My Top 10 Live Bands – 4

Ultravox

If there’s a single band that encapsulates all that’s best about the music of the late 70s and early 80s, then that band must surely be Ultravox. With a dark, new wave undercurrent, superb arrangements and a willingness to step off the pop reservation, Ultravox effortlessly bridge the language gap between mainstream music and the alternative counter-culture.

There’s no doubt that they arrived on the scene with perfect timing, at the end of an era when unconventional and experimental tracks like Vienna and The Thin Wall still stood a chance of chart success. Seriously, does anyone believe singles like those would’ve gotten a look in five years later? I sincerely doubt it.

Like so many talented bands from that brief flowering of analogue alchemy, I wasn’t able to catch Ultravox in their Monument heyday, but I was thrilled to finally see Midge and the boys performing live at Sheffield’s O2 Academy during their highly regarded Return to Eden tour. This was doubly exciting for me as I’m already on record stating that Rage in Eden is my favourite album of all time.

I thought I’d died and gone to heaven as Midge Ure strode onto that stage in a silver-sheen suit and proceeded to blast out some serious hard-core guitar chords. Within half a minute those chords had morphed into the opening riffs of New Europeans, one of the great unsung new wave classics. Not only does it sound fantastic, but it perfectly packages the zeitgeist of that struggle between the printing press and the microchip, played out against a backdrop of grey concrete and glaring new neon.

The gig that followed this blinding opener was a nonstop parade of new wave classics, reminding us all just how imaginative and prolific they’d been during that short burst in the early 80s. Although some hair was thinning here and some waistlines thickening there, Midge and the boys more than proved that they could still throw down with the best as they displayed a level of musicianship which, let’s be honest, was all too rare among some of their more readily marketable contemporaries.

With an unassuming stage set combined with sound and lighting to die for, Ultravox re-established their credentials as some of the more serious musicians from a decade that started deep, but quickly shallowed into an identikit ensemble of sickly synthetic pop confections. It’s ironic how those dark, brooding foundations of the Ultravox sound were once a drag on commercial success, yet now they’ve become the very feature attracting a new generation of admirers in this new millennium.

Whilst they may not have been the vaunted megastars of yesteryear, there’s no denying that Ultravox have outpaced, outlasted and out-created nearly all of their contemporaries. There are no humiliating twenty minute slots on some washed-up-by-the-sea revival tour for Midge and the boys, and their enduring appeal is proof positive that substance always outlasts style in the long run. I’ll wager there’s many a big-name from yesteryear who secretly wishes they could still headline in their own right, instead of hitching their one-hit wagon to a burgeoning and cynical nostalgia machine. A lesson for us all methinks.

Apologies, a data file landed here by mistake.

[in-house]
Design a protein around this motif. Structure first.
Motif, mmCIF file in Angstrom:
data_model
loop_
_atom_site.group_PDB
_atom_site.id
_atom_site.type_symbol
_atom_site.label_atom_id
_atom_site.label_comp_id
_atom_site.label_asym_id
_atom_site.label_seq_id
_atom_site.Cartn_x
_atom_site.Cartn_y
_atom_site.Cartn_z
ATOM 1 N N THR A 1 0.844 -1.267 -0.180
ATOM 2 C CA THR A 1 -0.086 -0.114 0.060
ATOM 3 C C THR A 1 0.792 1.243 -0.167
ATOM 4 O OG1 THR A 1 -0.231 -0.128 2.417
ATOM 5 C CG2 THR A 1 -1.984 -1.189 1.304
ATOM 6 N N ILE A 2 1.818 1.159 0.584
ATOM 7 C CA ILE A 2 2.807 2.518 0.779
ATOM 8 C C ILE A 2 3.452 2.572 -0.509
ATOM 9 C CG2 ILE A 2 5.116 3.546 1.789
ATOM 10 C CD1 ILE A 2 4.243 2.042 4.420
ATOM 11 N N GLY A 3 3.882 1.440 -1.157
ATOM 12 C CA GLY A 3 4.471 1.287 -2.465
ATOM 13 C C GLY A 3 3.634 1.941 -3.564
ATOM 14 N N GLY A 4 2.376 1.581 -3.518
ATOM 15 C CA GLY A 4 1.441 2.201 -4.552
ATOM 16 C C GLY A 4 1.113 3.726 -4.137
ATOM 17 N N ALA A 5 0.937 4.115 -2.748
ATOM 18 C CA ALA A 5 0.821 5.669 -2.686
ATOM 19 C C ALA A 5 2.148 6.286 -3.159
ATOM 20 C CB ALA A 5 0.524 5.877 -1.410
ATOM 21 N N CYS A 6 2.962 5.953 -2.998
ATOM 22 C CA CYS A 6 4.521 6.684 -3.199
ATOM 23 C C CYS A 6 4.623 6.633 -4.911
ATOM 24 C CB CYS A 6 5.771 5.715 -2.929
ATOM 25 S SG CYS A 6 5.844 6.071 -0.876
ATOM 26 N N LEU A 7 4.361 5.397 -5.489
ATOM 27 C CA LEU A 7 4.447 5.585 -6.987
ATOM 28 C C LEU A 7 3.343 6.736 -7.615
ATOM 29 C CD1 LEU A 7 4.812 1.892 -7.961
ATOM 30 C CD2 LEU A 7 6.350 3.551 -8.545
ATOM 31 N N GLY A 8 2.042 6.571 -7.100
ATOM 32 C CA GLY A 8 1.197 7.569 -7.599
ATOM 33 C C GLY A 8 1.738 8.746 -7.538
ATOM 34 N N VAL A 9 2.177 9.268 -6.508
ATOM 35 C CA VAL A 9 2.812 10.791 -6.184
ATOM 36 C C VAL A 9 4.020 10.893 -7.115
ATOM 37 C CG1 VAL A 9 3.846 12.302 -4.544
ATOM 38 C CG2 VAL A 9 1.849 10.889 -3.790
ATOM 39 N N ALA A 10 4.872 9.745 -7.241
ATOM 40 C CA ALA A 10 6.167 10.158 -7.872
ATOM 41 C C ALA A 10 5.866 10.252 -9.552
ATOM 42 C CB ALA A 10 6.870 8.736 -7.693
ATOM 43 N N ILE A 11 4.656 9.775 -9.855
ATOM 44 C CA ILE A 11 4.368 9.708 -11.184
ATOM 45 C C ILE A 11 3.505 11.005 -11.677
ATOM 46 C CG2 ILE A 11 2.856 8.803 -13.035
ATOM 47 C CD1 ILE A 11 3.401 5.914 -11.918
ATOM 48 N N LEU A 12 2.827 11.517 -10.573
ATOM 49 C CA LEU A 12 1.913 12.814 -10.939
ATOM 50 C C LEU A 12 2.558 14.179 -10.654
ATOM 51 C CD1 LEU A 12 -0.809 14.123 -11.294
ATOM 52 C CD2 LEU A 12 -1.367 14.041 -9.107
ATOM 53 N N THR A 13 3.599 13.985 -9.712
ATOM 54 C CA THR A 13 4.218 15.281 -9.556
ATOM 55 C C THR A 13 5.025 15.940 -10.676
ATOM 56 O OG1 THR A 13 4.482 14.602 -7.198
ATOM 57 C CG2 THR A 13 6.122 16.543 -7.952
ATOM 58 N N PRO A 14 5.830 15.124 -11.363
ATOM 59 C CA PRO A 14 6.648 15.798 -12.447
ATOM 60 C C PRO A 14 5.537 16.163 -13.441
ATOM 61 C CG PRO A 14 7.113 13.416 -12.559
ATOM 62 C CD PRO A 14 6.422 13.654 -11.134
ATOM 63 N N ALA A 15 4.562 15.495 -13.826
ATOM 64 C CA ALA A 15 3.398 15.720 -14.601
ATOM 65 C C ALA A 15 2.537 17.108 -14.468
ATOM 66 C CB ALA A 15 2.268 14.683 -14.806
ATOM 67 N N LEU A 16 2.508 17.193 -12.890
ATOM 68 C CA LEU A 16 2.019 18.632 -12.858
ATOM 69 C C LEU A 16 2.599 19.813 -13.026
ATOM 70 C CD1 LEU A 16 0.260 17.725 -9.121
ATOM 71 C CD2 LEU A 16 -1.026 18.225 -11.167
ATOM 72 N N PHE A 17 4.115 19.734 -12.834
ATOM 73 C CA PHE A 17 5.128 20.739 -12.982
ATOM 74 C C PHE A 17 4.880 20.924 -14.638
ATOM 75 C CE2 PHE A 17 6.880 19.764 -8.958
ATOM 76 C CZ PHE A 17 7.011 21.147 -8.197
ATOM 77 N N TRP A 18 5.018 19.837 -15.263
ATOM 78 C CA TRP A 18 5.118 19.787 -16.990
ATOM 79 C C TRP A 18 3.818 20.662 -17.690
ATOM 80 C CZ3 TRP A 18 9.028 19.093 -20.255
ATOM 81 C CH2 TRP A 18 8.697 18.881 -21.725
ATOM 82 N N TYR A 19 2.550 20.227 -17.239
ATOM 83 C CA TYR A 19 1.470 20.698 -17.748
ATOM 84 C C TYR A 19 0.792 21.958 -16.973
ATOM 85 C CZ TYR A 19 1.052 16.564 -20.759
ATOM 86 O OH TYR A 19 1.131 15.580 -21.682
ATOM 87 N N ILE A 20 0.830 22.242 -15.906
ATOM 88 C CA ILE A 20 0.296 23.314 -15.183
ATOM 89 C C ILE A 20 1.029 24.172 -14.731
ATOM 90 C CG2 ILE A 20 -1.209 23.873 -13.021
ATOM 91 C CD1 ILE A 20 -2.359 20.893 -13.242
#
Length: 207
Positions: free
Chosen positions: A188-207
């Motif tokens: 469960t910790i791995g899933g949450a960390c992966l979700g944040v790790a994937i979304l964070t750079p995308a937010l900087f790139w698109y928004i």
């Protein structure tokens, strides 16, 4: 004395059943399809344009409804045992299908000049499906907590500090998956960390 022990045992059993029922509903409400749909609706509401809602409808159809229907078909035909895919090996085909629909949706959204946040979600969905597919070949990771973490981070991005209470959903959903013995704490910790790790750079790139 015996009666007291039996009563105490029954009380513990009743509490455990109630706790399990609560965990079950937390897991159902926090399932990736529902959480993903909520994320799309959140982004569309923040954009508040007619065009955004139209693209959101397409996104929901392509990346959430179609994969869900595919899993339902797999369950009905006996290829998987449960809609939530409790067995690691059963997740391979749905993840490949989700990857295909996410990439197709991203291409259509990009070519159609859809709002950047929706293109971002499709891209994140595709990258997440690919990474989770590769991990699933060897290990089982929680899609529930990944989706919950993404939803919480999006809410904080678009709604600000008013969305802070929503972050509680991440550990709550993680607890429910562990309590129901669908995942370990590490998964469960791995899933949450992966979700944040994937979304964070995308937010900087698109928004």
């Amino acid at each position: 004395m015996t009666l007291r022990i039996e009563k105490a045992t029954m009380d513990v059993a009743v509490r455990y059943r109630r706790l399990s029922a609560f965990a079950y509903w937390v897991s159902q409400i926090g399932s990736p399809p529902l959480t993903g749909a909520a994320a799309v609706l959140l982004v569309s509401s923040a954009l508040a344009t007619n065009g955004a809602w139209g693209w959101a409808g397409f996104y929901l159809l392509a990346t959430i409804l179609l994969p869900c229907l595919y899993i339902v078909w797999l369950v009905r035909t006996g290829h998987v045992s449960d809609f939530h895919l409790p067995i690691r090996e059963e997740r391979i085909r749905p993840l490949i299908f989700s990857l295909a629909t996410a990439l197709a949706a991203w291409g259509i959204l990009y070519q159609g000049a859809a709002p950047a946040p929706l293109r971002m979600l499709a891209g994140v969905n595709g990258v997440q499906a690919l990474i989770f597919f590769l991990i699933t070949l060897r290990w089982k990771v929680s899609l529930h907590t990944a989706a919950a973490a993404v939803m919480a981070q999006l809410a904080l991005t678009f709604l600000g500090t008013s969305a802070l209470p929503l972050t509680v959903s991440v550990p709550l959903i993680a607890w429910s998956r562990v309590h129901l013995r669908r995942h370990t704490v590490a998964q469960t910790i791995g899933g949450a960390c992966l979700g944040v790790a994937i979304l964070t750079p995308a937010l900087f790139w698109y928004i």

Though the years may have changed them physically, Ultravox’s commitment to their sound, their performance and their audience remains as bright and youthful as those heady days of top ten success and Smash Hits centrefold splashes. Though they may never again write or perform as a cohesive unit, it’s clear that those New Europeans have more than a couple of ideas inside them still.

The Music of my Life 1980-1984

The eighties was a decade defined by contradictions. The neon dawn of a beckoning consumer age shone brightly against a dusty background of industrial decay. Newfound freedoms and lifestyles rubbed shoulders awkwardly with centuries-old social norms, often chafing against them. The gender benders shocked on Top of the Pops, while the bowler hatted city men were overrun by the hungry and street smart barrow boys who’d finally broken into the City’s sacred inner sanctum.
It was a time of both economic expansion and industrial contraction, which somehow managed to co-exist within the space of a single frantic decade.
With a little less wealth but a lot more personal freedom, it was a great time to be growing up, and I would never trade it for today’s paranoid, smoke free and calorie counting childhood.

1980 – Vienna by Ultravox

It seems to be an unwritten rule of the music world that one may like either the John Foxx or the Midge Ure incarnations of this band, but never both. That’s a rather short sighted outlook in my opinion, as this technically advanced offering from Midge and the boys is one of the finest examples of the post punk synth wave. While certainly more commercial than their first three albums, Vienna nonetheless displays a high degree of creative integrity. Indeed, I would argue that New Europeans is the single greatest new wave track ever. Never a band to chase the teen romance demographic, this album’s title track is emblematic of a bygone age when bold, innovative and unconventional music could still attain chart success.

1981 – Rage in Eden by Ultravox